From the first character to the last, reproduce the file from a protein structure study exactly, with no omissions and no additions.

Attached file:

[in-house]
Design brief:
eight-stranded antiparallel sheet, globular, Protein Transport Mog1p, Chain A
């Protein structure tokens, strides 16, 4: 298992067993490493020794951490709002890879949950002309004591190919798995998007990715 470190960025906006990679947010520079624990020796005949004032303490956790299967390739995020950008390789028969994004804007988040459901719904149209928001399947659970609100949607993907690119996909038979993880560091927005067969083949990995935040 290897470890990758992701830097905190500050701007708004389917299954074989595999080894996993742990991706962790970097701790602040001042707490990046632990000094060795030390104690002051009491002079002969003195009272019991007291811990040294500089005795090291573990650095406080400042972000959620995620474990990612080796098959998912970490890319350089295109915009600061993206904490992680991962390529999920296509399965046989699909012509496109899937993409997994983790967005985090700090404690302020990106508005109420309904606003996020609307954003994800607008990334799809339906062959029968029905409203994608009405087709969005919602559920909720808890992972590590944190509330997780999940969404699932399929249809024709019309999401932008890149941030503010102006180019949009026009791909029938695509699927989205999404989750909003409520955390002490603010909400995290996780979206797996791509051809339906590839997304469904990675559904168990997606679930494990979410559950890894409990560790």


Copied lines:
[in-house]
Design brief:
eight-stranded antiparallel sheet, globular, Protein Transport Mog1p, Chain A
């Protein structure tokens, strides 16, 4: 298992067993490493020794951490709002890879949950002309004591190919798995998007990715 470190960025906006990679947010520079624990020796005949004032303490956790299967390739995020950008390789028969994004804007988040459901719904149209928001399947659970609100949607993907690119996909038979993880560091927005067969083949990995935040 290897470890990758992701830097905190500050701007708004389917299954074989595999080894996993742990991706962790970097701790602040001042707490990046632990000094060795030390104690002051009491002079002969003195009272019991007291811990040294500089005795090291573990650095406080400042972000959620995620474990990612080796098959998912970490890319350089295109915009600061993206904490992680991962390529999920296509399965046989699909012509496109899937993409997994983790967005985090700090404690302020990106508005109420309904606003996020609307954003994800607008990334799809339906062959029968029905409203994608009405087709969005919602559920909720808890992972590590944190509330997780999940969404699932399929249809024709019309999401932008890149941030503010102006180019949009026009791909029938695509699927989205999404989750909003409520955390002490603010909400995290996780979206797996791509051809339906590839997304469904990675559904168990997606679930494990979410559950890894409990560790």